In most names, the option trading was dominated by purchasers of out-of-the-money puts, as investors attempted to limit downside risk on long stock positions. But in ConocoPhillips, we saw traders come in and buy large quantities of out-of-the-money weekly calls to play a pop in the stock with minimal risk.
The biggest trade of the day was the purchase of 9,249 weekly 60-strike calls for $0.21, which was done with ConocoPhillips at $59.35. This trade will profit if COP is above $60.21, or 1.5 percent higher, by the close this Friday. And COP wasn't the only big oil company where we saw upside call buying. We saw similar action in names like Marathon Oil as well.
Should you think about buying big oil and selling refiners? Indeed, maybe it is time to think about taking some profit on refiners, which have hugely benefited from a widening crack spread, and look to buy big oil names.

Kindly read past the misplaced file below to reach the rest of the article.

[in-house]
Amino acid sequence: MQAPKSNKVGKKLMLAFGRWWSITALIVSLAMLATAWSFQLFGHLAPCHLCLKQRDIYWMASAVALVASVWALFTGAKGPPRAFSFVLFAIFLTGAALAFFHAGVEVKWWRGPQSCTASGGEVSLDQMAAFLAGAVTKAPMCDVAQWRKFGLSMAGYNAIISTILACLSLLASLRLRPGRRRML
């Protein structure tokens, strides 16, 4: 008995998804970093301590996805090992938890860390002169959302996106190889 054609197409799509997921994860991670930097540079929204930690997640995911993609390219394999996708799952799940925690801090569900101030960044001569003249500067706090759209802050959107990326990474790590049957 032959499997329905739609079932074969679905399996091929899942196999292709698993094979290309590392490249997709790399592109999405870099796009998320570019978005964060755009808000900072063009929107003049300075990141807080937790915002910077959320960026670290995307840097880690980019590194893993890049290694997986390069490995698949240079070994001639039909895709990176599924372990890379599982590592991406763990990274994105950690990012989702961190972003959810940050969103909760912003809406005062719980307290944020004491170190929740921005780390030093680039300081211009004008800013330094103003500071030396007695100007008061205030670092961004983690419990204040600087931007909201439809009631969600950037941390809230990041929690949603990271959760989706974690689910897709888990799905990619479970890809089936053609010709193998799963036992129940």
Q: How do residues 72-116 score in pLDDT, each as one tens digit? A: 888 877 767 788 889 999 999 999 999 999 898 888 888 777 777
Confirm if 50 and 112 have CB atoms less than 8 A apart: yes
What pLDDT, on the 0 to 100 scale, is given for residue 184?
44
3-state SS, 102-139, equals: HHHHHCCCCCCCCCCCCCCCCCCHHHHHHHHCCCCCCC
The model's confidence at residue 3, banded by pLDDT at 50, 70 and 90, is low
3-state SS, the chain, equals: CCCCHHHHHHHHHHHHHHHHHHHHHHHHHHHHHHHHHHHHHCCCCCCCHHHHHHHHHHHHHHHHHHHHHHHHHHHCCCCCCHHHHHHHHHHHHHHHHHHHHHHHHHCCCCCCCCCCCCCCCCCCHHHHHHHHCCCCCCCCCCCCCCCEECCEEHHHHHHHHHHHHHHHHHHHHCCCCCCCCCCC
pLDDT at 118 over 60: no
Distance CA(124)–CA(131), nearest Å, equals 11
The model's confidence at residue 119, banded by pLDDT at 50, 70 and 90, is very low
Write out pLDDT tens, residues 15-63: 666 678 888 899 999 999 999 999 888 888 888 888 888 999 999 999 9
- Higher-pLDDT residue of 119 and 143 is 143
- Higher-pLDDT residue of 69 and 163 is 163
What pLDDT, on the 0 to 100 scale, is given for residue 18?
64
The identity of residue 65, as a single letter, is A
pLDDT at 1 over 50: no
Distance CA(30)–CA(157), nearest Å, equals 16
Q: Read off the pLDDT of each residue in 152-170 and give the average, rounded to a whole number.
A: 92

On Monday, COP opened down 0.70 percent, and immediately began trading higher. The weekly 60-strike calls opened at $0.08, and traded as high as $0.31 during the day. This highlights the benefit of weeklies—namely, leverage. Because expiration is just days away, the options are extremely sensitive to changes in the underlying price of the stock, and can be used to gain exposure to a company without putting a lot of risk, or margin, on the table.
This trade is a momentum play betting that Monday's sell-off was overdone. The dip was immediately bought at the open yesterday, which confirms that there is money on the sidelines waiting for a buying opportunity. These calls are likely to remain active most of the week, and will likely be sold for a profit into strength in the market.
While weekly options offer an excellent risk/reward ratio, they also suffer from rapid time decay if they do not move into the money, meaning that there is substantially risk that they expire worthless. Therefore, they are best used for quick momentum plays on stocks, and should not necessarily be held to expiration.
—Brian Stutland is Managing Member of Stutland Equities and a contributor to CNBC's "Options Action."